Bevo XV makes debut:
The young calf made his appearance as the new mascot of UT on Sept. 4 at the football game against Notre Dame— the Longhorns beat the Irish 50-47 after double overtime.
Security officer shot at Sigma Chi party:
On Sept. 11, a security guard was shot in the foot at a fraternity party by a party guest – who was not a student – who had earlier been thrown out of the party for causing trouble. The guard who was shot has sued Sigma Chi, accusing the fraternity of not doing enough to prevent the shooting.
Anti-affirmative action bake sale held:
On Oct. 26, the Young Conservatives of Texas held a bake sale that protested the affirmative action policy in college admission. The item prices were listed differently based on gender and race.
After three seasons and a record of 16-21, the lowest winning percentage in Longhorn football history, Strong was fired on Nov. 26. Many football players and members of the UT community were upset with this decision— several players reacted on Twitter, thanking Strong and saying bye. It wasn’t long before Strong was hired as the new University of South Florida head football coach and Tom Herman took over the Longhorn football program.
On Feb. 7, UT students got in formation and put together their best Beyonce costumes in hope of winning two tickets to the Grammys from The Ellen Show. Sophomore Collin Wang won the contest by recreating Beyonce’s underwater pregnancy photo.
Hey @UTAustin! If you've ever wanted to go to the #Grammys, get your Beyonce costume together. Right now.
First Latina, physically disabled student body president is elected:
Fourth-year government and Mexican-American studies major Alejandrina Guzman made UT history when she was elected as the 2017-2018 student body president. Guzman and her running mate Micky Wolf captured 54 percent of the vote after a campus-wide run-off.
Survey released: 15 percent of female undergraduates say they have been raped:
A shocking report was released toward the end of March, detailing sexual assault, stalking, dating violence and harassment. Key findings of the random and voluntary survey also found that 12 percent of undergraduate women said they had experienced attempted rape and 22 percent of students reported having experienced sexist gender harassment from UT faculty or staff.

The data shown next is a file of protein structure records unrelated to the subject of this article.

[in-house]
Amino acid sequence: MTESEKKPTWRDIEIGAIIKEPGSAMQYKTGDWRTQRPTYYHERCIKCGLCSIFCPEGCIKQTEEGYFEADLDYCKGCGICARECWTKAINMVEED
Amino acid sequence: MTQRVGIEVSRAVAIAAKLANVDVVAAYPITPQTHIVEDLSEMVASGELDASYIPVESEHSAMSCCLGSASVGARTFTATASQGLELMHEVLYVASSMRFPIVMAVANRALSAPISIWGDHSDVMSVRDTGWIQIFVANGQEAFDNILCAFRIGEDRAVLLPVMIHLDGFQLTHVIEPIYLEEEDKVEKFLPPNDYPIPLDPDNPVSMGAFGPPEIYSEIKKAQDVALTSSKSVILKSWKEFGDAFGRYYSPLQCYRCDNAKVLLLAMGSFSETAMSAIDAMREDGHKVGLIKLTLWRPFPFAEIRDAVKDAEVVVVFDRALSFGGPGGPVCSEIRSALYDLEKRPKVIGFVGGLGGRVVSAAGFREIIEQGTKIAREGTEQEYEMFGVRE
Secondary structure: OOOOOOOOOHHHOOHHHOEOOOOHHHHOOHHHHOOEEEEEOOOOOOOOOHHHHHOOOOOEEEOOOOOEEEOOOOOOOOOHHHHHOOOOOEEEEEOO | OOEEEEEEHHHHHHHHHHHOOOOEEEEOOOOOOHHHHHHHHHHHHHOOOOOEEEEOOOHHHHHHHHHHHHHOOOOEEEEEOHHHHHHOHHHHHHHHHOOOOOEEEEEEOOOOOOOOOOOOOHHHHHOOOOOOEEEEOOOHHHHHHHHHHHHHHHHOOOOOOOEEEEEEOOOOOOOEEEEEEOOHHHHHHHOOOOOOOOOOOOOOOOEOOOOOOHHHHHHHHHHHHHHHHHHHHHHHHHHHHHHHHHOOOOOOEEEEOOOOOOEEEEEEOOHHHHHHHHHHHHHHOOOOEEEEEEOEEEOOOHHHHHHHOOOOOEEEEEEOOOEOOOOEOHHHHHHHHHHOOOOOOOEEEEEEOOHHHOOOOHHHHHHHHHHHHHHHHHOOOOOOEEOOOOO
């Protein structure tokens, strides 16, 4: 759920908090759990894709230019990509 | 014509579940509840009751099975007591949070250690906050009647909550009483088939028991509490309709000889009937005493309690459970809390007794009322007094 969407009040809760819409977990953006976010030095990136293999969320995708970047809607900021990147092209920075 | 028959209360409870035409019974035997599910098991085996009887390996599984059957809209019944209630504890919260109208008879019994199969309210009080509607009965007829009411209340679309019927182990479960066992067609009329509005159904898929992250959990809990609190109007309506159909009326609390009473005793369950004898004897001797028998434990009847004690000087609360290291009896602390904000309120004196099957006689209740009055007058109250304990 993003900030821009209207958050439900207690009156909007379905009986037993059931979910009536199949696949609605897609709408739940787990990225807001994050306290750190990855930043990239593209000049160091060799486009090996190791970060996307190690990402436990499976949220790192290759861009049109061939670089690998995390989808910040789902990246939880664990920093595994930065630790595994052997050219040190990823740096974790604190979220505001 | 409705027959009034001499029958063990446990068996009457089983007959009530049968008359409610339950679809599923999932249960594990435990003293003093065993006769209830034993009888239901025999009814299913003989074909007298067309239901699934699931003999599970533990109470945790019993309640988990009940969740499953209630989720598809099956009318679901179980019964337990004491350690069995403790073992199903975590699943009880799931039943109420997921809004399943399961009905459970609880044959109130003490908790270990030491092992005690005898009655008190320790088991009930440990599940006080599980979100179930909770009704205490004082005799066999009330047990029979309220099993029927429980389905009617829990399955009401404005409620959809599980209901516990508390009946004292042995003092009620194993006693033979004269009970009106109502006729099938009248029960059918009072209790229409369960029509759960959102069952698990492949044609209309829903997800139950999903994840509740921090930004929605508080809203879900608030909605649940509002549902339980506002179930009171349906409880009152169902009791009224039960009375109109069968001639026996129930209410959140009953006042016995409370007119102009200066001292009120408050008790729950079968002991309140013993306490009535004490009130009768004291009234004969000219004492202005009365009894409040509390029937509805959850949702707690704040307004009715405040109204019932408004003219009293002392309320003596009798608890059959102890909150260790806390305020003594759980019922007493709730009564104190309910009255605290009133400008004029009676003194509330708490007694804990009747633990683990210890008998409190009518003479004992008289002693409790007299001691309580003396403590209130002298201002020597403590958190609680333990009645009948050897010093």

I encourage everyone to see results of sexual assault survey on our campus. It’s a wake-up for all of us: https://t.co/oBt5nrjNbE
One-year memorial held for slain student Haruka Weiser:
On April 3, UT held a memorial ceremony for Haruka Weiser, the 18-year-old dance student who was found dead on campus in Waller Creek in 2016. Since her killing, the university has made it a priority to enhance safety and security on campus.
UT football gets 43-inch tv screens instead of name plates
Paper name plates are a thing of the past for the Longhorn football program. 43-inch flat screens were installed on every player’s locker, each costing about $10,500. Also, glowing locker doors were implemented!
Gregory Vincent announces he will leave UT for his alma mater:
On April 20 , Gregory Vincent, vice president for diversity and community engagement, announced that he would be leaving UT in July to be president of his alma mater, Hobart and William Smith— after 11 years of diversity and inclusion work on the Forty Acres.
UT Recreational Sports celebrates 100 years:
On April 21, the university celebrated a century of RecSports, which has grown to 500,000 square feet of recreational space and 47 club sports. UT was one of the first colleges in the country to organize an intramural sports program.
100 years ago, we started one of the first organized intramural programs in the country 💪
On the morning of April 27, gunshots were reported on campus and UT police began investigating what they believe was a drive-by shooting. The suspect and the target were thought to be unaffiliated with the university, officials said. Several UT students took to social media to complain about the lack of timeliness when it came to alerting students about the incident and the vagueness of the emergency alert. UTPD notified the students, faculty and staff about the incident nearly an hour after it had taken place.